• Scenario:Britan Kumon (Secondary)Information Need/s: What additional education is required to become a curator? How mightthe MLIS degree help me achieve my goal of running a gallery? What sorts of programs ortracks are available?Britan begins her search for information on the curatorship and gallery management andquickly is overwhelmed with details. Starting off with Bing and some related search terms(curator, MLIS, Art Gallery management, Art Curator) she quickly decides to narrow hersearch to educational items. Navigating a few schools’ web pages, Britan finds some mildlyuseful information. Then she comes across a link out to “Student Blogs.” One of the moreinteresting titles catches her eye, and thus she lands on the homepage of the present site.The site offers several navigation options, with a main column serving as a news/updatesfeed. As her eyes move around the screen, Britan gets the sense that there was a lot ofthought put into organization of the page. She notices the creative elements of the pagethough not distracted by them, and her artistic senses enjoy the details that make the pageflow. This site feels and acts very different than the sites she’s just visited for Universityprograms. Britan observes the neatly placed Authors and Editors section, and reads throughthe 2 line bios for the featured authors. Scrolling down a bit she notices a section calledMuseums, and clicks into that page.While her ultimate goal is to manage her own gallery, Britan understands the importance ofestablishing herself as a knowledgeable and tasteful person first. The page she is on hasseveral articles of interest to that end, including “Establishing oneself in the art world” and“Curation starts in the classroom.” The page also offers several columns of links, as well as asearch box, and each column is titled with an particular aspect of considerations a newstudent would want to take: Education, Practical Experience, Art Criticism, Stories, and JobProspects. Following her train of thought, Britan clicks right on the Education tab. Insideshe finds a top 10 list of programs to consider, each with a brief paragraph description. Shealso notices that after clicking on a program link, there is a button that offers to save/emailthe chosen link. “This will be great to email to myself, so I can read through more of themlater,” she thinks. After selecting several programs to check in on later, she moves herattention to the other sections.Returning to the previous page, Britan begins to wonder how a degree in Library Sciencewould relate to working in the art world. She scans and notices several “featured” articles inthe other sections that might shed some light. The Stories section is most appealing to her,as she notices articles on Galleries, Librarian as Curator, and Art Librarianship. After“clipping” all the articles she is interested in, Britan decides to read the Librarian as Curatorarticle. As she has been saving the articles they had been “jumping” from the middle of thepage to a small icon at the top of the page that looked like a moleskin notebook with a redbadge showing the number of articles saved. “How unique!,” she thinks. Navigating to thenotebook she finds the Librarian as Curator article in the list and begins reading. The pagefeatures a small toolbar at the top of the reading notebook with familiar icons to send thearticle to Instapaper, a Kindle, Email address, or Evernote. It also allows her to highlight,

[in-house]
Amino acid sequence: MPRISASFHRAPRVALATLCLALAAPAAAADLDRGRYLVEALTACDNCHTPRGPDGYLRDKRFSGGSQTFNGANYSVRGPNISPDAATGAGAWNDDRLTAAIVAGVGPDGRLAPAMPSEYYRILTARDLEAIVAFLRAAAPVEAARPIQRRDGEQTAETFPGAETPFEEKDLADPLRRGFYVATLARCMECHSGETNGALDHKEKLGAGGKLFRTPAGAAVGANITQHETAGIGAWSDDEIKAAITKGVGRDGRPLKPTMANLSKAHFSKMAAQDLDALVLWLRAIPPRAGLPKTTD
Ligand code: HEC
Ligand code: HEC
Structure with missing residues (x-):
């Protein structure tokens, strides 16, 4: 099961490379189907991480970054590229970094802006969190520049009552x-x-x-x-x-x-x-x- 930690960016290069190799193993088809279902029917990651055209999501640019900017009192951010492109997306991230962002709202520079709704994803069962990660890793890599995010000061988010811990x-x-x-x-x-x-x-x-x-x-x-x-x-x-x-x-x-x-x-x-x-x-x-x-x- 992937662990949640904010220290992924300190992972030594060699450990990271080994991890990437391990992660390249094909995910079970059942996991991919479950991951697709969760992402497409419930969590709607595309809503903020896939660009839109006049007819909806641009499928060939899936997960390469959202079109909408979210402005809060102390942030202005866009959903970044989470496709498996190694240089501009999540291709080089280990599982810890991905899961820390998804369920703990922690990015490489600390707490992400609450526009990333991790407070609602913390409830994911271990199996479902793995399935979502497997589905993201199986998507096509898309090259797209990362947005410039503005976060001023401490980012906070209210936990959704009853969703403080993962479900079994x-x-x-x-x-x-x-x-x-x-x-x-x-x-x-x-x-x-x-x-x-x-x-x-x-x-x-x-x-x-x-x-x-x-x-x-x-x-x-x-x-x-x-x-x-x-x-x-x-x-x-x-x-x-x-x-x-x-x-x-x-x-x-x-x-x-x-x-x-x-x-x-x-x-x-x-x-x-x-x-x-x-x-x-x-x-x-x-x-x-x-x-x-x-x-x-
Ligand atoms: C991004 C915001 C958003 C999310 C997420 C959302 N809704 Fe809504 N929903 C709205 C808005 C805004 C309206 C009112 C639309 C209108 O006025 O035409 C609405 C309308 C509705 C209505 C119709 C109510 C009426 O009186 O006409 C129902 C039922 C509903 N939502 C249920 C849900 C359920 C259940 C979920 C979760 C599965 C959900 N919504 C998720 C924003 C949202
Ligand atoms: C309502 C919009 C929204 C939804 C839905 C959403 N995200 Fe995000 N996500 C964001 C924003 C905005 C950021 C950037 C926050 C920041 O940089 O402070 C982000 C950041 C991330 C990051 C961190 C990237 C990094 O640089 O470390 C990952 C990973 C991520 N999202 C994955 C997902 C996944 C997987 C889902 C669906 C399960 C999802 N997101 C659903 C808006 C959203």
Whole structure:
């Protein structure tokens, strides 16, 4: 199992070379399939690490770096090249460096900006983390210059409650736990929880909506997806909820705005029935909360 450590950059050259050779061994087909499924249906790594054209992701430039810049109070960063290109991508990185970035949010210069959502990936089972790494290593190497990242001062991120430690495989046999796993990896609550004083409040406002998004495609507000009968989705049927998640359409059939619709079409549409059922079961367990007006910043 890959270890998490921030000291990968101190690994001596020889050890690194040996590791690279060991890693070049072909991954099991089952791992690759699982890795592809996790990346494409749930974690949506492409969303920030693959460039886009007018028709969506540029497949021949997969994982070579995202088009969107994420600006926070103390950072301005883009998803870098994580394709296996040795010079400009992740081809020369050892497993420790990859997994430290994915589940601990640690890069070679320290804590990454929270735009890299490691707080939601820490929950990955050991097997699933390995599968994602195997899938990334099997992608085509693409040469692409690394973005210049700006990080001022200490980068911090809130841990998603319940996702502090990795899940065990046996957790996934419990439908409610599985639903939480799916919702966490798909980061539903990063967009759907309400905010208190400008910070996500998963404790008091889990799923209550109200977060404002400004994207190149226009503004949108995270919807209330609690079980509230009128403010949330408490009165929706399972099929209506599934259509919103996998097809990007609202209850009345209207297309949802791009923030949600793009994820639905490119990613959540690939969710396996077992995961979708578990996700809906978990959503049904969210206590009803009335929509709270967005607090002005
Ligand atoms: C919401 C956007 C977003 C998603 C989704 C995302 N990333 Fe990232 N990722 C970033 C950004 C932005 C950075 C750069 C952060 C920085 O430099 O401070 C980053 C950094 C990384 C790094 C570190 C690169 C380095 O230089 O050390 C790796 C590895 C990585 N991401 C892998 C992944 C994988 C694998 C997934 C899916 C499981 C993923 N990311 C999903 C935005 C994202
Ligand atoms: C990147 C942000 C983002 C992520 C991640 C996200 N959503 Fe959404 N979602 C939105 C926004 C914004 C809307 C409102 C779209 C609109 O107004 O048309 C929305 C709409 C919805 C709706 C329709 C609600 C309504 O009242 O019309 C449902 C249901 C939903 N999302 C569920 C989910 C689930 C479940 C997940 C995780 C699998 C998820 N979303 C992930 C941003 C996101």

• change the text size and color of the reading notebook’s background. Aside from the readingfeatures, Britan finds valuable information about how librarianship is a practice ininformation curation, and how that skill can be applied to working in museums or galleries.She also finds contact information for the author, who happens to work at a gallery Britanhas visited in the past few months.Returning to the home page, Britan is impressed with the amount of content that seems tobe represented in the site. She continues to click through other pages, spending much moretime on this site than any other before, and discovers some reviews by current students onseveral programs she might be interested in. The reviews contain not only positive notes, butalso some things the student didn’t like, or thought could have been done better. Also, thereare courses listed with titles that get Britan more excited about this as a possible way to breakinto museum and gallery career. She makes a point to bookmark the site in order to returnlater and check out more articles.Feeling much better about understanding some possible tracks toward her goal, Britan goesto close the web browser. A dialog box pops up with a message, “It looks like you still havesome articles clipped in your notebook. Want to save them for later?” with a Yes or Nobuttons for options. Upon clicking Yes, Britan is taken back to the Notebook page whereshe discovers she can zip all the articles and email them to herself, or export them as a PDFfile. She opts for the PDF, saves it to her Dropbox folder, and leaves the site with plans toread the articles on her Kindle the next day.